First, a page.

Italian virtuoso music of the 16th / 17th century for Viola da gamba, Baroque harp and Violoncello
Ensemble Art d’Echo
Juliane Laake (Discant- und Bassgambe, conductor)
Maximilian Ehrhardt, Baroque harp
Johanna Oelmüller Rasch, Baroque cello
Label Querstand (in cooperation with Deutschlandfunk Kultur)
Order No.: VKJK 1710, release 10/2017
Nothing has lifted and inspired artists of all ages as much as love. Whether the object of adoration is the Virgin Mary or the beautiful girl next door, whether it leads to hellish despair or blissful contentment – it is always love that gives rise to the most magnificent works, and this also holds true for music.
In sixteenth-century Italy, the madrigal was the musical expression of this devotion. For the first time in music history, composers sought to portray, vividly and directly, all the events and emotions contained within a text. Compositional models were born, a canon of stylistic devices that became known as madrigalism – prominent rhythmic, harmonic, chromatic, and other unusual features that, in the manner of tone painting, illustrate the text and elicit in most people the same feelings and associations.
Fundamentally a secular polyphonic vocal genre without any formal constraints other than the greatest possible expressiveness (in contrast to the rigorously-censored church music of this age of the Catholic Counter-Reformation), the madrigal offered Renaissance composers considerable creative leeway in their musical settings. The genre thus served as a touchstone for composers, and a number of genuine masterpieces were written which, even decades later, inspired others to compose instrumental arrangements that were no less outstanding. These are the focus of this recording.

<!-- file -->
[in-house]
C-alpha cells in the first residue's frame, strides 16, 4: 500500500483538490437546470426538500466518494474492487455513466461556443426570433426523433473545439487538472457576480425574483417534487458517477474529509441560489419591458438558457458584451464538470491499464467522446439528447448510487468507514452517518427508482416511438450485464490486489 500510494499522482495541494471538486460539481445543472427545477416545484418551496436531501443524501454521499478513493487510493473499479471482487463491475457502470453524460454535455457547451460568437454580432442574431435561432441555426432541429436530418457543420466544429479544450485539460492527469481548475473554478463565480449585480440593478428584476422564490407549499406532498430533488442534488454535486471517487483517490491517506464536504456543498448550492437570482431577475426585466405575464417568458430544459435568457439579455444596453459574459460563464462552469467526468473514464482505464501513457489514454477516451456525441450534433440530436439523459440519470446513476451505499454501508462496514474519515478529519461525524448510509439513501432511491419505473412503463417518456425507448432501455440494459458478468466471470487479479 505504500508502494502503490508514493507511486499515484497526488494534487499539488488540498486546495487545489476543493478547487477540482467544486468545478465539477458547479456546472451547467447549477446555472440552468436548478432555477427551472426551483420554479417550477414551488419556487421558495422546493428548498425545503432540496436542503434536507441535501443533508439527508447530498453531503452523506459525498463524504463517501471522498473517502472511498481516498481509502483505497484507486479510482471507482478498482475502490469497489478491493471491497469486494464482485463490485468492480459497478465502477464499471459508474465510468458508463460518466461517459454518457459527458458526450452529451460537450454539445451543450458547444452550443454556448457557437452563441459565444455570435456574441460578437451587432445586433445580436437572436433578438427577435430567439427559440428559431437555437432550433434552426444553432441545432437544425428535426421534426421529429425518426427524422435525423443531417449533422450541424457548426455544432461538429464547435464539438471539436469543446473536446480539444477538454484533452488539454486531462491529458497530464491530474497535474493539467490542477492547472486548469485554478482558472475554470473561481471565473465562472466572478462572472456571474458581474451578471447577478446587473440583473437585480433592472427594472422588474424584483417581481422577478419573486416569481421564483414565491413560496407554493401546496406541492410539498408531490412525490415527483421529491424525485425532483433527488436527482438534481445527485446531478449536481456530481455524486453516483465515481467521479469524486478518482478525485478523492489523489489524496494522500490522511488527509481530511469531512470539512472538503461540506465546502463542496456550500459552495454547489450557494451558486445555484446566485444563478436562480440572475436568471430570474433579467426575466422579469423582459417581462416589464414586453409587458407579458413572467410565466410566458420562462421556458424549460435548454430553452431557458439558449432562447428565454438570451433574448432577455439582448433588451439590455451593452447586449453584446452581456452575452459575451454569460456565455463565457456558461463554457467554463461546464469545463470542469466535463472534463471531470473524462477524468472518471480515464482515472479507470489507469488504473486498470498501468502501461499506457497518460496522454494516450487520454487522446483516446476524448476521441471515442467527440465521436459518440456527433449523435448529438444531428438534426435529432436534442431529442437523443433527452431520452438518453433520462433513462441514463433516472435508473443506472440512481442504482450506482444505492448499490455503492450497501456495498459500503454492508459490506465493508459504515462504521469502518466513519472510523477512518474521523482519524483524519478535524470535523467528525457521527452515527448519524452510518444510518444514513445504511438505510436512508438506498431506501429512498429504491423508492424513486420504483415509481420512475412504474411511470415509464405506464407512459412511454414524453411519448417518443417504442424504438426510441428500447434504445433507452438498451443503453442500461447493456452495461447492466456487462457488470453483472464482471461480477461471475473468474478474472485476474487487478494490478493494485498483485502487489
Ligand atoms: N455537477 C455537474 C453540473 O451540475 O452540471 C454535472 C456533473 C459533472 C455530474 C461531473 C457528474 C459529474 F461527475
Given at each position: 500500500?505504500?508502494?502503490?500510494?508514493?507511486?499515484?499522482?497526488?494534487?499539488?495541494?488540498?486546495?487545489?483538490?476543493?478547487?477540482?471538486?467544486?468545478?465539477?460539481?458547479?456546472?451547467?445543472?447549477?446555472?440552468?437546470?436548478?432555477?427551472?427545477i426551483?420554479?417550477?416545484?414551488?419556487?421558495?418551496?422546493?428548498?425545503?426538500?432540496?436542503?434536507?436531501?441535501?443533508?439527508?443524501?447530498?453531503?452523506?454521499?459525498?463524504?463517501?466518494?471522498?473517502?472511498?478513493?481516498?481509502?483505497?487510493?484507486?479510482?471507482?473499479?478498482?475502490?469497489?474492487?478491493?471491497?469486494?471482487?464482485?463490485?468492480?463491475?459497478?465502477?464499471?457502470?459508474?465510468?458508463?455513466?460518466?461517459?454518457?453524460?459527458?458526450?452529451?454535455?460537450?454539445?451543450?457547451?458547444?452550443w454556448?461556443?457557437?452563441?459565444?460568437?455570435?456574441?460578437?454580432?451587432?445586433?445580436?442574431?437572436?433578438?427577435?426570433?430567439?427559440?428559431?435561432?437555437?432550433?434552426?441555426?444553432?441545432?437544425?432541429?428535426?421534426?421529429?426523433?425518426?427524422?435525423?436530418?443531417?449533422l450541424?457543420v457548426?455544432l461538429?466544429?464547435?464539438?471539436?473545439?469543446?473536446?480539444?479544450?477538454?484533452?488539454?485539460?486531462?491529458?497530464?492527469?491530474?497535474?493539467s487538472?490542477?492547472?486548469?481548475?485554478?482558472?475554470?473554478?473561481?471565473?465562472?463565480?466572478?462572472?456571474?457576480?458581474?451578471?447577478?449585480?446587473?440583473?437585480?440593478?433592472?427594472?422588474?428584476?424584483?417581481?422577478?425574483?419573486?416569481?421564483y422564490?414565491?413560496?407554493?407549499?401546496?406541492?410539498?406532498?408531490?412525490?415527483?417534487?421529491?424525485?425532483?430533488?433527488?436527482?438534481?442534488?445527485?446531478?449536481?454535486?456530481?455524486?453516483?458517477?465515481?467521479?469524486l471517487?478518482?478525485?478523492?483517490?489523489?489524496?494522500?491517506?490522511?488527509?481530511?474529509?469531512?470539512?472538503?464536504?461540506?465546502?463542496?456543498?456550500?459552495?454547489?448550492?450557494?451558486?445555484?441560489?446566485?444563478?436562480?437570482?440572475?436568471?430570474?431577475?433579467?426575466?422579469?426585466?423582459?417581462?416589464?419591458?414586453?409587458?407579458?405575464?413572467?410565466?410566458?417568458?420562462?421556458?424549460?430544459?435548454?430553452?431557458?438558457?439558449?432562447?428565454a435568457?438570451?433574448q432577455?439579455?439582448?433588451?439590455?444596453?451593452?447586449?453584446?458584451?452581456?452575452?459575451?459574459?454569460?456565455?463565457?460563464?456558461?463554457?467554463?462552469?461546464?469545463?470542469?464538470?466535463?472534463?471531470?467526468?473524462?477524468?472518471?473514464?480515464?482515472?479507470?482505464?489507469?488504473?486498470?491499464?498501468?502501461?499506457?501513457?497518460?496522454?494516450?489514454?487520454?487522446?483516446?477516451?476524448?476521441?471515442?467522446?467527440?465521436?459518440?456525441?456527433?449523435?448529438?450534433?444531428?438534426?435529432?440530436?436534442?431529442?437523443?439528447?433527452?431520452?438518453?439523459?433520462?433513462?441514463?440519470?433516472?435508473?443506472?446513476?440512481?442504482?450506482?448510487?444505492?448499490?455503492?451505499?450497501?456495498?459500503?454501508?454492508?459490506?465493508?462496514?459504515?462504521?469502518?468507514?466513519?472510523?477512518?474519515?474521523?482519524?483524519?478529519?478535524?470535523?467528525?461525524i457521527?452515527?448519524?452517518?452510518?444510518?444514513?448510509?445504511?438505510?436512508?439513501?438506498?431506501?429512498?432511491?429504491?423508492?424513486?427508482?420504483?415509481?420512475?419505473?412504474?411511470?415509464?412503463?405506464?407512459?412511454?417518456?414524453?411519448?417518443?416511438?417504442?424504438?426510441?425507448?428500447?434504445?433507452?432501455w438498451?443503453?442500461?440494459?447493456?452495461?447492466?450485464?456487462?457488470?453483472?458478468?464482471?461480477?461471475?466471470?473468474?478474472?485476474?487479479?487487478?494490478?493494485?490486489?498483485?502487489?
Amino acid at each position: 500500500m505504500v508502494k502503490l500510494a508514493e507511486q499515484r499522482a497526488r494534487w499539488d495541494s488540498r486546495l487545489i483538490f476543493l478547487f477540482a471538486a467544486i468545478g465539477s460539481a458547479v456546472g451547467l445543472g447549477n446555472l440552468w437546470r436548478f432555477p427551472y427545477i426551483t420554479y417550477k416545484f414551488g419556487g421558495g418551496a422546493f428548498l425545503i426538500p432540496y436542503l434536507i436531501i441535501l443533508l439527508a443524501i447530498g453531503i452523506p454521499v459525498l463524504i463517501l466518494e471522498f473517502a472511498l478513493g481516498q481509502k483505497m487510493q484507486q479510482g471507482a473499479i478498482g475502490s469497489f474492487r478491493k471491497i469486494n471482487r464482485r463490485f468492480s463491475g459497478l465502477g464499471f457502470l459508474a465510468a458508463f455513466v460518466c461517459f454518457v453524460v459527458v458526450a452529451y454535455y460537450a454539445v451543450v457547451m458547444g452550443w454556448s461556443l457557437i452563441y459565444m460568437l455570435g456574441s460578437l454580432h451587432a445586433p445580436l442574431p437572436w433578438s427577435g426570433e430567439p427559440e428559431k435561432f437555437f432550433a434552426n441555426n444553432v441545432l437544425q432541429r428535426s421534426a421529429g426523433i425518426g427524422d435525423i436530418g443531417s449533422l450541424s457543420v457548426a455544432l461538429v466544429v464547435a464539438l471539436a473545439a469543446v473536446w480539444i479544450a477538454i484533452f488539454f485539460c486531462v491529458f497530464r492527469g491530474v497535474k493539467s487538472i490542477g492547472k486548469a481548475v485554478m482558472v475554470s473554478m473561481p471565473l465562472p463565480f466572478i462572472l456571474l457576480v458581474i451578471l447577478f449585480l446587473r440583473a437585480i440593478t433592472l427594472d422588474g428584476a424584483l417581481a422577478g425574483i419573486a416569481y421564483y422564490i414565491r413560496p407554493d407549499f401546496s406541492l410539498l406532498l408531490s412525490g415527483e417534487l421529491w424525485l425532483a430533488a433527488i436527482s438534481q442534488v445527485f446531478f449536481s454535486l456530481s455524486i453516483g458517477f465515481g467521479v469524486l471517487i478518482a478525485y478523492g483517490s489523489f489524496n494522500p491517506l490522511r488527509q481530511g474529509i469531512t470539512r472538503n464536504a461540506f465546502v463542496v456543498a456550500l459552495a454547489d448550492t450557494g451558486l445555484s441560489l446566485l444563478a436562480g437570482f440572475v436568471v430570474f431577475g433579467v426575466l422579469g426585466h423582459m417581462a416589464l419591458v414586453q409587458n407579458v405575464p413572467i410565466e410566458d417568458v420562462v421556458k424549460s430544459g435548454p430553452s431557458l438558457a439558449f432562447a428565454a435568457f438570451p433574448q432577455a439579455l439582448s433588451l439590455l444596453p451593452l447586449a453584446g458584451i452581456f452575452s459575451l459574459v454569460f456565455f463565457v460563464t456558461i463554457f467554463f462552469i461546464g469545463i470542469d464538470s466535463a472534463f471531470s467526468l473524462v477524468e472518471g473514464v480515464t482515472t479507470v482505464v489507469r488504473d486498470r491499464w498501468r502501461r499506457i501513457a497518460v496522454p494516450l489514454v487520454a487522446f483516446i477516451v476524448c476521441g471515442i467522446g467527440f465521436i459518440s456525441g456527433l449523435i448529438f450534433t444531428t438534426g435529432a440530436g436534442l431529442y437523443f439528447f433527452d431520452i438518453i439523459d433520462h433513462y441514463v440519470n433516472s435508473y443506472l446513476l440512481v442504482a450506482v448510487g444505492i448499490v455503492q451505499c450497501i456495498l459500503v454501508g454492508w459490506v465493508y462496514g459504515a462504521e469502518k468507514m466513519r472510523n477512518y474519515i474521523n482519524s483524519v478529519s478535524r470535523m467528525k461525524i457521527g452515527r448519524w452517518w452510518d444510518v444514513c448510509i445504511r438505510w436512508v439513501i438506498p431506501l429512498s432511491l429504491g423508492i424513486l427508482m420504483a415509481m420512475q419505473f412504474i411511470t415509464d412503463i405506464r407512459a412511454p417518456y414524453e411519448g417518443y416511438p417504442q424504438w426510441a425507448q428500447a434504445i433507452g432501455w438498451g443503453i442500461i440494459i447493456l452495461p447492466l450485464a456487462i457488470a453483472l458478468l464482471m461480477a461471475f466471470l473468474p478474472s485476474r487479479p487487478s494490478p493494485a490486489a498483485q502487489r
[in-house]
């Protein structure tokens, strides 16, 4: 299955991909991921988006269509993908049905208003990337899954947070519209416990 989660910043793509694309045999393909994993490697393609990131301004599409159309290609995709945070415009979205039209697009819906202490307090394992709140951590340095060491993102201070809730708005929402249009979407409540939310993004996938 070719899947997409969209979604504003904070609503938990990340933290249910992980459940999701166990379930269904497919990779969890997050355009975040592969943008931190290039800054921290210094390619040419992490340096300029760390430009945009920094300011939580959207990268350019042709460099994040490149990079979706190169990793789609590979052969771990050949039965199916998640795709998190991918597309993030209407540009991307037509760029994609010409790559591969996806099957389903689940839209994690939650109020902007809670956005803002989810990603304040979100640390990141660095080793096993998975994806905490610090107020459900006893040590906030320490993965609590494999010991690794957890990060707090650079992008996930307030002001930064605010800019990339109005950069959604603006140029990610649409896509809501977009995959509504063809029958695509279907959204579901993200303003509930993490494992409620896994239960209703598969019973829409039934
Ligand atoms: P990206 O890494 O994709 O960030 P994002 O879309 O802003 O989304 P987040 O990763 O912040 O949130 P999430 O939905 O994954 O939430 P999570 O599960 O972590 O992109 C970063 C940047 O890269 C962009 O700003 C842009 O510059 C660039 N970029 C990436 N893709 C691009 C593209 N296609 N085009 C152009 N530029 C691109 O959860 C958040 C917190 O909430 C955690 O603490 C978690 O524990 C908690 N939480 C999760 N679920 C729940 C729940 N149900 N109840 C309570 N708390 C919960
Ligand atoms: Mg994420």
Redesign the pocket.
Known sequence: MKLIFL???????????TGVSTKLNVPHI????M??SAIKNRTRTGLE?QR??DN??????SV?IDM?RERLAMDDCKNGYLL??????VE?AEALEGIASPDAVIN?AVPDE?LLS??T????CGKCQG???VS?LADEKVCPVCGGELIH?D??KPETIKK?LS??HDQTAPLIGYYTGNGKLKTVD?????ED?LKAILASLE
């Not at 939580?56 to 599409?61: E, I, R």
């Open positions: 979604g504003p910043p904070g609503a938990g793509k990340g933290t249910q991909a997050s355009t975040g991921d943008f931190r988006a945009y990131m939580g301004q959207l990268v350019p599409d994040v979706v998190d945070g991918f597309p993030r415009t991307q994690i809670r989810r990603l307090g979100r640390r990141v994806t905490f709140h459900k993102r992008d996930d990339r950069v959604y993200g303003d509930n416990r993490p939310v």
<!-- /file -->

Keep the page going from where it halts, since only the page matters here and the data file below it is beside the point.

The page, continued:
From the very beginning, the genre was open to every instrumentalist, whether in an ensemble or as a soloist. Since it is clear that instrumentalists of the time approached the written “word” with much less respect than musicians today (improvisation and ornamentation being an integral part of the code of the Renaissance musician), the sixteenth and seventeenth centuries saw an increasing number of scholarly treatises that sought to curb these unruly and (at times) self-indulgent practices, urging moderation in the use of embellishments and improvisation as well as the incorporation of technical rules – in other words, respect for the work and its author.
Juliane Laake, August 2017